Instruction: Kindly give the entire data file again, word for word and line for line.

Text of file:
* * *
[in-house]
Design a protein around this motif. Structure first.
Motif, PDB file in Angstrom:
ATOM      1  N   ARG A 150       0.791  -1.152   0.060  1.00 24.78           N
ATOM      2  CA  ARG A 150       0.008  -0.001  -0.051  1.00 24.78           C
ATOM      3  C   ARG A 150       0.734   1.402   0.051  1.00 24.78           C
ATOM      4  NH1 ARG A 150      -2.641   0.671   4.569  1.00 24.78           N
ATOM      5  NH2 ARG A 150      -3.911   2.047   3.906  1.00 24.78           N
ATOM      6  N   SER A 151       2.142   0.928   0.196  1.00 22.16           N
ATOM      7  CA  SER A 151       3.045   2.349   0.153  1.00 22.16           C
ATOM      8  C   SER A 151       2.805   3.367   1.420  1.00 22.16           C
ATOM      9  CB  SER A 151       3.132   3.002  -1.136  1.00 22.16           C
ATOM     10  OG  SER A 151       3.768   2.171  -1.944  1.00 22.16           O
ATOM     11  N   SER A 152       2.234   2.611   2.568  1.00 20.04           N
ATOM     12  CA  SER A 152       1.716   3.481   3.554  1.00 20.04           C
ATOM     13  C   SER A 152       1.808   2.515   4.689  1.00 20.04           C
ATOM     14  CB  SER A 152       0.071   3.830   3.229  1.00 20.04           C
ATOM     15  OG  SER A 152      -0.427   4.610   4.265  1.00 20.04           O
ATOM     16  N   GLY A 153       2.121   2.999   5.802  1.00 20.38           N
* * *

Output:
[in-house]
Design a protein around this motif. Structure first.
Motif, PDB file in Angstrom:
ATOM      1  N   ARG A 150       0.791  -1.152   0.060  1.00 24.78           N
ATOM      2  CA  ARG A 150       0.008  -0.001  -0.051  1.00 24.78           C
ATOM      3  C   ARG A 150       0.734   1.402   0.051  1.00 24.78           C
ATOM      4  NH1 ARG A 150      -2.641   0.671   4.569  1.00 24.78           N
ATOM      5  NH2 ARG A 150      -3.911   2.047   3.906  1.00 24.78           N
ATOM      6  N   SER A 151       2.142   0.928   0.196  1.00 22.16           N
ATOM      7  CA  SER A 151       3.045   2.349   0.153  1.00 22.16           C
ATOM      8  C   SER A 151       2.805   3.367   1.420  1.00 22.16           C
ATOM      9  CB  SER A 151       3.132   3.002  -1.136  1.00 22.16           C
ATOM     10  OG  SER A 151       3.768   2.171  -1.944  1.00 22.16           O
ATOM     11  N   SER A 152       2.234   2.611   2.568  1.00 20.04           N
ATOM     12  CA  SER A 152       1.716   3.481   3.554  1.00 20.04           C
ATOM     13  C   SER A 152       1.808   2.515   4.689  1.00 20.04           C
ATOM     14  CB  SER A 152       0.071   3.830   3.229  1.00 20.04           C
ATOM     15  OG  SER A 152      -0.427   4.610   4.265  1.00 20.04           O
ATOM     16  N   GLY A 153       2.121   2.999   5.802  1.00 20.38           N